Wednesday, August 18, 2010

Can we generalize an average Muslim consumer?

Generalization is good and bad. On the one hand, it allows an easier response to identifiable segments of the population. On the other hand, the generalization may end up being too general, potentially alienating your target audience.

I haven't really explored the so-called Muslim market segment in this blog before, other than a post in Islamic banking. But I personally wonder if you can lump someone from remotest Saudi Arabia, someone from Indonesia, and someone from Detroit into the same market segment. But perhaps I'm wrong. Marsha Weinstein:

“Muslim consumerism” is thus hardly an oxymoron; why single it out? The consumer behavior of Muslims worldwide is like Western consumer behavior -- especially online -- but exceptional in its extensive use of the Internet for Islamic goods.

Today’s Muslims are young, tech-savvy dotcom aspirants: 50 percent of America’s 1.5 million Muslims are under age 39, and 75 percent of the Middle East’s are under 35.

Young Muslims animatedly blog about iPhone apps that wake them in time for early morning fajr prayers and point them toward Mecca, no matter where in the world they are.

Weinstein also discussed eSoouk, an online site which describes itself as follows:

Alhumdulilah! All praise is due to Allah (SWT) who has allowed this project to blossom and become a reality in the blessed month of Dhil-Hajj 2008!

We thought you might like to know a bit more of what we’re all about!

Originally founded in April 2006, started as a vision and an intention for the Muslim community, to unite and connect Muslim people, businesses, buyers and sellers all under one roof and to improve the economic conditions of the Muslim community at large by establishing the Islamic trading principles of Honesty, Integrity, Mutual understanding and Trust.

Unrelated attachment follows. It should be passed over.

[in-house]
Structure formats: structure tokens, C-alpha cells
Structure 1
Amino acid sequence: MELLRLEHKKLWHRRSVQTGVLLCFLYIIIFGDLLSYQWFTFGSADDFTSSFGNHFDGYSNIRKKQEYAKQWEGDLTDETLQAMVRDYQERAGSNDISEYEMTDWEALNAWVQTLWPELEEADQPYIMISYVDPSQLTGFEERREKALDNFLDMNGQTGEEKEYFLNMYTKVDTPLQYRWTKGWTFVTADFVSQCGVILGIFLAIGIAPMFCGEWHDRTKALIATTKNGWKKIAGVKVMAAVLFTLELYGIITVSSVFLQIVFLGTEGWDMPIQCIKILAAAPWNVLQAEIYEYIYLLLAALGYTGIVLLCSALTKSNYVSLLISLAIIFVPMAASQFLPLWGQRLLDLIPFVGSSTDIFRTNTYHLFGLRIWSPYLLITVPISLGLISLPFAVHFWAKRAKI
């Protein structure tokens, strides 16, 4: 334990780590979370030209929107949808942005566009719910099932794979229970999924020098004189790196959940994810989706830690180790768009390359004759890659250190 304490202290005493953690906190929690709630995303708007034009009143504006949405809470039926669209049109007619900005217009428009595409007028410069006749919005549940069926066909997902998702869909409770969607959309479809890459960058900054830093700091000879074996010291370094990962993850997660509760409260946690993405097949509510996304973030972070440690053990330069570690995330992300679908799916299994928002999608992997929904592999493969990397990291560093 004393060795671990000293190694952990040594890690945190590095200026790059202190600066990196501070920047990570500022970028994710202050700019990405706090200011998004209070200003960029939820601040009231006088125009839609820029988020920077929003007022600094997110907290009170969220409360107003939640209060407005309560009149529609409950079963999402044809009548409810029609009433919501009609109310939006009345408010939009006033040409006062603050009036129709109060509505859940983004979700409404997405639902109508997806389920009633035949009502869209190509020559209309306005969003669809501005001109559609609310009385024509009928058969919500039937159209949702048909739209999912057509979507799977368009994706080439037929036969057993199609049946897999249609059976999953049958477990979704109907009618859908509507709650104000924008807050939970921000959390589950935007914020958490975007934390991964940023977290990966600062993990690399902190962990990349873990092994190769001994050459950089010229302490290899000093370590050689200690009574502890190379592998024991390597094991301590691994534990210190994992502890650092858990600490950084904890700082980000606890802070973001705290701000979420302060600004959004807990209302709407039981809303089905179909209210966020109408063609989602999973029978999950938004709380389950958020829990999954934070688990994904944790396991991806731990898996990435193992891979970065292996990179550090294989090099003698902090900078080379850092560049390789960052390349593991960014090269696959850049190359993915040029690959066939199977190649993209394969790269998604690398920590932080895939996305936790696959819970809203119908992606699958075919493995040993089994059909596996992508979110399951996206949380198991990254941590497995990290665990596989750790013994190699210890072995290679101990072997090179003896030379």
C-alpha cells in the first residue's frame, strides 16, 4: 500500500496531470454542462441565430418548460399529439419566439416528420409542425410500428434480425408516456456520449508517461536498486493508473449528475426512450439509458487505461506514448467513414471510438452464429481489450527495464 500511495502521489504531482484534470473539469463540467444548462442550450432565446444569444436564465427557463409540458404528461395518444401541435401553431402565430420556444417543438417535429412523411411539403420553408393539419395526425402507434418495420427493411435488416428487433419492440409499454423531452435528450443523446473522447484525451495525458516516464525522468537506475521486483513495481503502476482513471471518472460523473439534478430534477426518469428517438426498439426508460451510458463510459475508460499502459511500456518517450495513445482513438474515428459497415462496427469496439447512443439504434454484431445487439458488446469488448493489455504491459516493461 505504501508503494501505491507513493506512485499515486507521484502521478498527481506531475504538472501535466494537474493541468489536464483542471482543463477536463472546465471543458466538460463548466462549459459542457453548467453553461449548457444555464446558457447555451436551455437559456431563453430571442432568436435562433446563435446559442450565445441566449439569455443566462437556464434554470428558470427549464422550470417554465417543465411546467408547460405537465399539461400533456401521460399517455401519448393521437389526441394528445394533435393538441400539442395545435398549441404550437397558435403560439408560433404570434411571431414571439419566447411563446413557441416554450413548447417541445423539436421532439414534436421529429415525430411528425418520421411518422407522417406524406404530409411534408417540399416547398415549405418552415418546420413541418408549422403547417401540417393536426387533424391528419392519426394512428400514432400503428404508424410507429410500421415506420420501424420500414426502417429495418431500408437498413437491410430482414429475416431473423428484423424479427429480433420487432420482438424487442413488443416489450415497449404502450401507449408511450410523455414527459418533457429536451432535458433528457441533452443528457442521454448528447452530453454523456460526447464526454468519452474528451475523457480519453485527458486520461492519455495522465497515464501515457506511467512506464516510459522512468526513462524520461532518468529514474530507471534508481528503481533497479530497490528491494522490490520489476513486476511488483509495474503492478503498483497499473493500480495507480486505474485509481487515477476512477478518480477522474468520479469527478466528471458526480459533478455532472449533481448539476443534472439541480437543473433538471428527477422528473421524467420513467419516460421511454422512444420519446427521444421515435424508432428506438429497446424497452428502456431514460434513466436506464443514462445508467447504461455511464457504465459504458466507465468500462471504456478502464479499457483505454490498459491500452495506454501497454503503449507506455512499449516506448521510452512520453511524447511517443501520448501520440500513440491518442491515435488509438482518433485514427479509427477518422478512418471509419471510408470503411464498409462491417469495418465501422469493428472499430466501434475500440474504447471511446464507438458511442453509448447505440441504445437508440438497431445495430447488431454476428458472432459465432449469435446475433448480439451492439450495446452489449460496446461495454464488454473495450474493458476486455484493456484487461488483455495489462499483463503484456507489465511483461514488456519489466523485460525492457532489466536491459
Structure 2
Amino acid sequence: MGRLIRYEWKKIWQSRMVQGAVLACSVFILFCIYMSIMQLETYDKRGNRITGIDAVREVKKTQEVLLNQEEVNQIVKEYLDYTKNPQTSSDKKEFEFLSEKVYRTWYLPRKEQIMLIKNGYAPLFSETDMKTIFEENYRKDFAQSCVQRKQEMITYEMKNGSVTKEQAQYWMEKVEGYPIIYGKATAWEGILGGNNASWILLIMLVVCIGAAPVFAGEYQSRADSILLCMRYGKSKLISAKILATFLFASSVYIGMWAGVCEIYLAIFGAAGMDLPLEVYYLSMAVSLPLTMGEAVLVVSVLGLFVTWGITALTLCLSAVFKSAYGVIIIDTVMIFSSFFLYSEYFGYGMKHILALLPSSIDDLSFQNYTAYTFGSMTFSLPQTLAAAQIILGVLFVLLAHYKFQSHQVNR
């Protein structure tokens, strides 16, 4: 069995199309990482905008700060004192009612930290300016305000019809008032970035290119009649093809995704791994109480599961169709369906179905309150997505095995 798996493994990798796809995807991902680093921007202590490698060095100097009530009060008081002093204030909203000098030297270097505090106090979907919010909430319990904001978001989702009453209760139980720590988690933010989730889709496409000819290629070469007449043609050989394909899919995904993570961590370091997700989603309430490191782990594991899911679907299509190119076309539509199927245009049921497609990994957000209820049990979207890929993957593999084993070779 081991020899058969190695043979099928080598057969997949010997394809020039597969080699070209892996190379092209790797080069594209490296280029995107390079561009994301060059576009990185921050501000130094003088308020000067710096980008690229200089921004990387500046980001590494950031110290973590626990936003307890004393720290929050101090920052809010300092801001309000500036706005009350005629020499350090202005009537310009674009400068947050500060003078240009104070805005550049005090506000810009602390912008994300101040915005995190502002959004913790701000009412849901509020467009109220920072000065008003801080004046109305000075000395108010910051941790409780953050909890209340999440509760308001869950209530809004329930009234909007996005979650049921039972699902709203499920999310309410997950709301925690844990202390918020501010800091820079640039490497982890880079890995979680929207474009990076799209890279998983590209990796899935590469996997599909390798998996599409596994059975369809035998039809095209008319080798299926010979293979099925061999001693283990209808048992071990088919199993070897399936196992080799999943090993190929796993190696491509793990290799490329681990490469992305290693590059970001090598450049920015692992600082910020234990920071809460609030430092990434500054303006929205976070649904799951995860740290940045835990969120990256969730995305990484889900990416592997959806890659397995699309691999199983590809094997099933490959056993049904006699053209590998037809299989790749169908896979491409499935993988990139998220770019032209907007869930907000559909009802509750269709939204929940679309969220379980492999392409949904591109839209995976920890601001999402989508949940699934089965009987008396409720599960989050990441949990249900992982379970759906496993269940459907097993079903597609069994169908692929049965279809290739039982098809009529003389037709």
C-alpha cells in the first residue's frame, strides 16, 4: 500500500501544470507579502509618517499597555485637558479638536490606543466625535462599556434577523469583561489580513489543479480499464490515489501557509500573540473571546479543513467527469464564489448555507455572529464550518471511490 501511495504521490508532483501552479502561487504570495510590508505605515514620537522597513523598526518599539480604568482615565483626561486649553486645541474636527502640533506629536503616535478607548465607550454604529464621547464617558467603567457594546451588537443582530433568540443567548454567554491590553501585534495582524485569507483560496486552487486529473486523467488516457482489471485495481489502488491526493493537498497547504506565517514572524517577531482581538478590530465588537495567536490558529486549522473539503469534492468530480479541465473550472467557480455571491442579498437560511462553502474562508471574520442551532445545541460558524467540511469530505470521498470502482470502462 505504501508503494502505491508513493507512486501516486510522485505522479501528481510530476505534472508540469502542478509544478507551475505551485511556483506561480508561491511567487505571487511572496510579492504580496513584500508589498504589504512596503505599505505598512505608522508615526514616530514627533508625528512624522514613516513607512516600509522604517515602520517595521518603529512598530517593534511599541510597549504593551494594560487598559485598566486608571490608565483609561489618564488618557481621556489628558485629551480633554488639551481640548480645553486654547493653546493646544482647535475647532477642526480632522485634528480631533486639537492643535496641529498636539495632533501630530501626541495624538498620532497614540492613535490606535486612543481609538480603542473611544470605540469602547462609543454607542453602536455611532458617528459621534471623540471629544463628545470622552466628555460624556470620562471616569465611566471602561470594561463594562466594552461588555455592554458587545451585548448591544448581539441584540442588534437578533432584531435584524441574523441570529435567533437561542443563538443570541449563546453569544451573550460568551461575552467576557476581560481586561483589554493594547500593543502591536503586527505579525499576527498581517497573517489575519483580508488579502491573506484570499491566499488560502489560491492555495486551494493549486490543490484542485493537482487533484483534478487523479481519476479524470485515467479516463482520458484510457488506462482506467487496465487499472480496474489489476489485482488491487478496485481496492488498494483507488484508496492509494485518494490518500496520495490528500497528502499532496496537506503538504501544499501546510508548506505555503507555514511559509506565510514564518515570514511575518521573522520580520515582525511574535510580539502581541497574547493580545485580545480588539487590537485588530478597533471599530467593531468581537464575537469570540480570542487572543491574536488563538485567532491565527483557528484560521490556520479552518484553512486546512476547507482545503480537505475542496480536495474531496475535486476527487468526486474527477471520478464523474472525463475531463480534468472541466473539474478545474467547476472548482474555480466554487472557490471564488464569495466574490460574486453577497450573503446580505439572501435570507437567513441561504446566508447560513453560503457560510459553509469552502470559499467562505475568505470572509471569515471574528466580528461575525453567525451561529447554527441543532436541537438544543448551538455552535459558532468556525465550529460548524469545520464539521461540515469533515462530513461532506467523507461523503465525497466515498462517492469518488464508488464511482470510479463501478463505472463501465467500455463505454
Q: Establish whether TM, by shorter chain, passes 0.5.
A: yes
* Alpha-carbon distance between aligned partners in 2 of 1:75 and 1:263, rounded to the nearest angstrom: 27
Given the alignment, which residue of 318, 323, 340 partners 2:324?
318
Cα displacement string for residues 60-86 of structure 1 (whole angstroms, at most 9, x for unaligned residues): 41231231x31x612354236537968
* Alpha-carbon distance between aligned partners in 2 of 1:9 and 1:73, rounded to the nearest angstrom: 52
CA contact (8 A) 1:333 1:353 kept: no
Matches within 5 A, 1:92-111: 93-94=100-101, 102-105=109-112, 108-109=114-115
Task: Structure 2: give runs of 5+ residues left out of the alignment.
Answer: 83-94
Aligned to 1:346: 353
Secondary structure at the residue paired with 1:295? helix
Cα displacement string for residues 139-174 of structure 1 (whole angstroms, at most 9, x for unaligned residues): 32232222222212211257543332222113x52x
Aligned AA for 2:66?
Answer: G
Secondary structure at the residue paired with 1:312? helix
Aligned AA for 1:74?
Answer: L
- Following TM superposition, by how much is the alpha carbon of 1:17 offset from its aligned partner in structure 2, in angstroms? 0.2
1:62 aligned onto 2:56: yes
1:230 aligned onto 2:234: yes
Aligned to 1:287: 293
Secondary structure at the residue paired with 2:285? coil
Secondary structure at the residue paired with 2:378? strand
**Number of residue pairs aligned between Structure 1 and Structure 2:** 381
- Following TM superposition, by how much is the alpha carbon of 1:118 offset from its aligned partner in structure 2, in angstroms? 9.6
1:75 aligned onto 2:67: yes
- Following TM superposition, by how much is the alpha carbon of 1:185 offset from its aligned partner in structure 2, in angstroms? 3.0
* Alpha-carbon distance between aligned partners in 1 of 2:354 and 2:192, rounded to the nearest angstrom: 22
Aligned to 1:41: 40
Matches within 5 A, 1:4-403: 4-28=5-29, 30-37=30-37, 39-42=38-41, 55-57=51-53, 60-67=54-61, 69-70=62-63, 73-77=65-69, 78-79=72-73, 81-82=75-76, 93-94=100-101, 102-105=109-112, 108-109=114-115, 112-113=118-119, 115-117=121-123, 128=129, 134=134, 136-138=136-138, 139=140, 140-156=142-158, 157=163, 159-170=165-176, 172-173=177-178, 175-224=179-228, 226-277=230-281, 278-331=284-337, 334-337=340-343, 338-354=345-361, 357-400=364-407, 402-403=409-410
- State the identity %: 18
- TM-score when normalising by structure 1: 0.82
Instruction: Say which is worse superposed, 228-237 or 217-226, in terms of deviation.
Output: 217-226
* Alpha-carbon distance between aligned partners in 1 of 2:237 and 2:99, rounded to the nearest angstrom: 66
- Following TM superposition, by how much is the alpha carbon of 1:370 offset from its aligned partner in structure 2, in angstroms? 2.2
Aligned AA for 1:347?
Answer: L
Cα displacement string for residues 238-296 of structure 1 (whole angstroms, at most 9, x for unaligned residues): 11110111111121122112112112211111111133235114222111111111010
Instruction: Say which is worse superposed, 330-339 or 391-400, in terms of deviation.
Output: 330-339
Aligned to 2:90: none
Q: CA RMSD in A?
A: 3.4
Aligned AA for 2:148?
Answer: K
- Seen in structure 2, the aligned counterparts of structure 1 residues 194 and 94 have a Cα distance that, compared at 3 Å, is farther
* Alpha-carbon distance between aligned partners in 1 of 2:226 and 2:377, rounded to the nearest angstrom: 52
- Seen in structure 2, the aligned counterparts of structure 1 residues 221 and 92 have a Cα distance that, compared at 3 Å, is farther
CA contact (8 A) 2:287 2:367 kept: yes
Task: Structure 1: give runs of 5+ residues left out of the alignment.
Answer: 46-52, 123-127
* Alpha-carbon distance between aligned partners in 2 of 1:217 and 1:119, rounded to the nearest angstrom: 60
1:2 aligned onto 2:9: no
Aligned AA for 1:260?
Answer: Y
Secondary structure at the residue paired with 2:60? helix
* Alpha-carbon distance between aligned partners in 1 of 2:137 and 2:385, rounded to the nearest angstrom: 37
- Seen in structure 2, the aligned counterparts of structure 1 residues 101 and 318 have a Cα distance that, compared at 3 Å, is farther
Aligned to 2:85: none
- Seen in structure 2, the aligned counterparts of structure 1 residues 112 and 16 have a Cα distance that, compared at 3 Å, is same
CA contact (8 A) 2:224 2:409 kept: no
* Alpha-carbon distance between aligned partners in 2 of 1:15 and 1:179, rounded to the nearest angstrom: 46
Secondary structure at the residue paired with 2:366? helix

This is our intention, and Allah Subhanahu wa ta'ala will only reward people for what they intended, and we pray Allah (SWT) accepts from us the good from this website and forgives us for any bad from this website. We are not perfect nor do we claim to be, we are human beings just like you, so we ask if you see anything on this site un-Islamic or you feel you have not been treated fairly we ask you to contact us so we can Inshaa'Allah resolve the issue together for the sake of Allah (SWT).

(I discussed some of the Muslim business ethical principles in my prior post.)

Now perhaps people in Taliban-dominated areas aren't rushing out to buy from these sites, or from Western companies such as Nestle who have adapted their processes so that halal foods can be provided.

But maybe there is a commonality of sorts between the shoppers in some portions of the Muslim world. Despite their different national backgrounds, there are some commonalities between them that support a unified marketing approach.

But I'm waiting to see what happens when the "Muslim market" tries to influence school textbook publishing. California and Texas won't be able to tolerate the competition.

P.S. Also see the comments to this CNN post. Sample:

Shama Ahmed
August 11th, 2010 10:19 am ET

With Muslims having more opportunity of a better education their understanding of the Islam religion is also growing. Muslims are an integral part of the financial system as the Muslim consumer is a big market. Having products that adhere to Islamic values are very important as these will be more attractive to the Muslim consumer. This is quite noticeable with the growth of Islamic Banks and also many none Islamic Banks have products to suit the Muslim customer. There is also the ever growing businesses of restaurants, clothe shops, book store, which are catering to Muslim needs such as halal food, modest fashionable clothes, literature and art.
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